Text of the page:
A No Brainer.

“When corporations pollute the environment, they should have to pay to clean it up.” But that isn’t always necessarily true. Michigan proposed a bill where polluters must pay for cleanup, but it’s stalling as enviornmental laws are being relaxed for industry polluters by the current administration. However, that didn’t stop other states.

Way to go, New Jersey, for taking real steps to address the statewide contamination of PFAS chemicals in your water and ensuring that the polluters are held responsible for funding the cleanup. You are serving as a model for the entire country. And shame on Solvay Specialty Polymers and Solvay Solexis; E.I. Dupont de Nemours and DowDupont; Dupont Specialty Products; Chemours, and 3M for creating this problem in the first place!

Other Leaders In Legislation.

Washington State now has the nation’s strongest policy regulating toxic chemicals in products as signed by Governor Jay Inslee. This precedent-setting legislation prioritizes five chemical classes for action: PFAS, organohalogen flame retardants, phthalates, alkylphenol ethoxylates and bisphenols, and PCBs.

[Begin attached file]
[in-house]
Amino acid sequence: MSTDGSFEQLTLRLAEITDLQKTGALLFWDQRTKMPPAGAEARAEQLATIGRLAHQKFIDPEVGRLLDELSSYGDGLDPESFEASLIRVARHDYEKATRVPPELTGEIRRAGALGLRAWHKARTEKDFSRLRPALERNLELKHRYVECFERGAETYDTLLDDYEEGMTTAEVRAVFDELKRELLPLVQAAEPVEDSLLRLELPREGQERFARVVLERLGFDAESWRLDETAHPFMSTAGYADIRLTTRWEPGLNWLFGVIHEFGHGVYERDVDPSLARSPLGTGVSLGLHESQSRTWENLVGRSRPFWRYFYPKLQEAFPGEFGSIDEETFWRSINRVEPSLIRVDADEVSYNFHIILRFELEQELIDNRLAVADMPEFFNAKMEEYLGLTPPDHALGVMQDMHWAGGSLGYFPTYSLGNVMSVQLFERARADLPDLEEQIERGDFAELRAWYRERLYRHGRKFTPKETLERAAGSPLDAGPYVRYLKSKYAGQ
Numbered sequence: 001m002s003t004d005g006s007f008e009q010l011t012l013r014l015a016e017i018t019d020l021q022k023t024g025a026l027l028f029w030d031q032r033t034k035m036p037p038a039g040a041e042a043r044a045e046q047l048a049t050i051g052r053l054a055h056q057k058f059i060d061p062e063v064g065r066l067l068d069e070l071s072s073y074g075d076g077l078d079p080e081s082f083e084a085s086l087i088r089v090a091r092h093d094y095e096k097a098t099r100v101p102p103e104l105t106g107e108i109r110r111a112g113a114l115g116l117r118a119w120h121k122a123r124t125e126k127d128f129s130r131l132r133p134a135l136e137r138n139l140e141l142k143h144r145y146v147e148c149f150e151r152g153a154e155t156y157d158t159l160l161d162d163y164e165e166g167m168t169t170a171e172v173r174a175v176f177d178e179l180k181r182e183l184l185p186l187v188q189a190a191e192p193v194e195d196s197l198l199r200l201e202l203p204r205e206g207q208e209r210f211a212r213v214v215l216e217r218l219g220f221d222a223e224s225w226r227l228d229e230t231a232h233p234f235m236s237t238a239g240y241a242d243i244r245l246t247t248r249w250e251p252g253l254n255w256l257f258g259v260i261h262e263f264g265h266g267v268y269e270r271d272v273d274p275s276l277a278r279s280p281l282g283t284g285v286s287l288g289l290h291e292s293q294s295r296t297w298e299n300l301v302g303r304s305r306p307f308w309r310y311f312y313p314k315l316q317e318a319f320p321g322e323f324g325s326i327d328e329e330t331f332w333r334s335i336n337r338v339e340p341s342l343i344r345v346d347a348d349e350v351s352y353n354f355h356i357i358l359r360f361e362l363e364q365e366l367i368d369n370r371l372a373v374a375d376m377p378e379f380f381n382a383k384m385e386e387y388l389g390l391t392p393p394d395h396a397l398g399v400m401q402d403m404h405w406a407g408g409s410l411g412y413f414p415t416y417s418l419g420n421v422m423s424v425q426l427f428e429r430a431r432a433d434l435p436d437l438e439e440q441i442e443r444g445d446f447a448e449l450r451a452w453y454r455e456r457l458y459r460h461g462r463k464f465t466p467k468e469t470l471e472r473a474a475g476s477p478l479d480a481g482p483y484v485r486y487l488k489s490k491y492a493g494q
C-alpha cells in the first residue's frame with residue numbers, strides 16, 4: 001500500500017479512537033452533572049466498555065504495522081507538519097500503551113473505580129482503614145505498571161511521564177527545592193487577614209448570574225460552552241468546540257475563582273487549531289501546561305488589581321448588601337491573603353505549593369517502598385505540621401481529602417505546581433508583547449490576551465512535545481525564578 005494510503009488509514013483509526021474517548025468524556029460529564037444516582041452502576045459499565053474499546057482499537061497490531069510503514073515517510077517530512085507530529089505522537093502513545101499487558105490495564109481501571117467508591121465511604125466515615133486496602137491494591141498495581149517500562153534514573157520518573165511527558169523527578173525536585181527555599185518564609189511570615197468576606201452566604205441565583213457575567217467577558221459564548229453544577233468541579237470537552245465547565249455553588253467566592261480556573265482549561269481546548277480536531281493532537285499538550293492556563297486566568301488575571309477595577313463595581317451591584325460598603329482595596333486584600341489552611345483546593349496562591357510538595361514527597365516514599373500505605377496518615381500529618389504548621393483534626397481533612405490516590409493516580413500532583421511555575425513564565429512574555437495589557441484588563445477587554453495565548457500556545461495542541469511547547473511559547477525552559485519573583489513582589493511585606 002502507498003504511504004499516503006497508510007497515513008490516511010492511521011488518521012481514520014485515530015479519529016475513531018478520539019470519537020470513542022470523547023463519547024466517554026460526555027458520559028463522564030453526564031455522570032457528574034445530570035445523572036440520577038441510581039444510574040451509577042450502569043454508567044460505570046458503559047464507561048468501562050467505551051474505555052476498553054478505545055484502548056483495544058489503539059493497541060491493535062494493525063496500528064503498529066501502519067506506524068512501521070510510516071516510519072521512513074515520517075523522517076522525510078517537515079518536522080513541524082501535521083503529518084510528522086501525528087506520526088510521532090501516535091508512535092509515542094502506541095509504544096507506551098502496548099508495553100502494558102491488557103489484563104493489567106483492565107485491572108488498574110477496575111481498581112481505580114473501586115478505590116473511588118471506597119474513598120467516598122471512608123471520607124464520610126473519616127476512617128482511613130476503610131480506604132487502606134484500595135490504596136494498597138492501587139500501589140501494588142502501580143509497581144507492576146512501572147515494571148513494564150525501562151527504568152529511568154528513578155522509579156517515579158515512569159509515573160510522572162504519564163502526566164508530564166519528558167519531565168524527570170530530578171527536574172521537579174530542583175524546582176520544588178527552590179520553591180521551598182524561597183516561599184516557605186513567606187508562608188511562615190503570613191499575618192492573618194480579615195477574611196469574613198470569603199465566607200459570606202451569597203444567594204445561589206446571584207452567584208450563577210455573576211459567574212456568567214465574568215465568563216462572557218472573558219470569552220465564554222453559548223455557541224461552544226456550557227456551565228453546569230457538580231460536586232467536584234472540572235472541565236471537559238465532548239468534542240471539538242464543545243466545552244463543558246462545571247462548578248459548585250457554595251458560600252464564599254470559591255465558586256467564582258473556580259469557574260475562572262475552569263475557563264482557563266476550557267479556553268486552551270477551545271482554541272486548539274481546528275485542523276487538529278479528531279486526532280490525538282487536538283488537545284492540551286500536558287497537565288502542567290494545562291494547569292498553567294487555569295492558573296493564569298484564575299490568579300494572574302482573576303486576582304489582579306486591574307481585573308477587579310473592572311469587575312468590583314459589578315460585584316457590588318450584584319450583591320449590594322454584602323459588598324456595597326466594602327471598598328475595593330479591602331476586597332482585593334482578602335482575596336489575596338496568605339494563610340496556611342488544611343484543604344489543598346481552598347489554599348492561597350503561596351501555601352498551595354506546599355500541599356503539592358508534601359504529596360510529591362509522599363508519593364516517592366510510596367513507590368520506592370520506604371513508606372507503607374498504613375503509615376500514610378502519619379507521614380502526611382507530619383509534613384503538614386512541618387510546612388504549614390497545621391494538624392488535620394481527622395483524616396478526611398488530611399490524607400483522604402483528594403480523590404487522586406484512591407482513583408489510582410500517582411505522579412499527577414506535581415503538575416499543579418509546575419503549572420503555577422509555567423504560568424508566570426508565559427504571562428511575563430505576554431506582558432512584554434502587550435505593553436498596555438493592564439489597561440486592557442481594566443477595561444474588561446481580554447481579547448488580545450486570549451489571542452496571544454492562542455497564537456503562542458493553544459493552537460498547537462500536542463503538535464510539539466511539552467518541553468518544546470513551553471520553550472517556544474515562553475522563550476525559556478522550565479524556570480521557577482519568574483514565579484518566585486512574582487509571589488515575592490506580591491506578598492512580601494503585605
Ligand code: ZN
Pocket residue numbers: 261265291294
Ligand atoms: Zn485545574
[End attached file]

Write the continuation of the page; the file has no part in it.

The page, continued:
Portland, Maine became a leader worldwide in 2017 when banning synthetic pesticides and adopting organic land care. Private property owners can only use organic treatments on “lawns, gardens, landscaped areas, patios, sidewalks, driveways, parks and playing fields.” But Maine didn’t stop there. Effective in 2021, Maine will become the first state in the U.S. to ban Styrofoam food containers. Governor Janet Mills stated, “Polystyrene cannot be recycled like a lot of other products, so while that cup of coffee may be finished, the Styrofoam cup it was in is not,” Mills said in a statement. “In fact, it will be around for decades to come and eventually it will break down into particles, polluting our environment, hurting our wildlife, and even detrimentally impacting our economy.”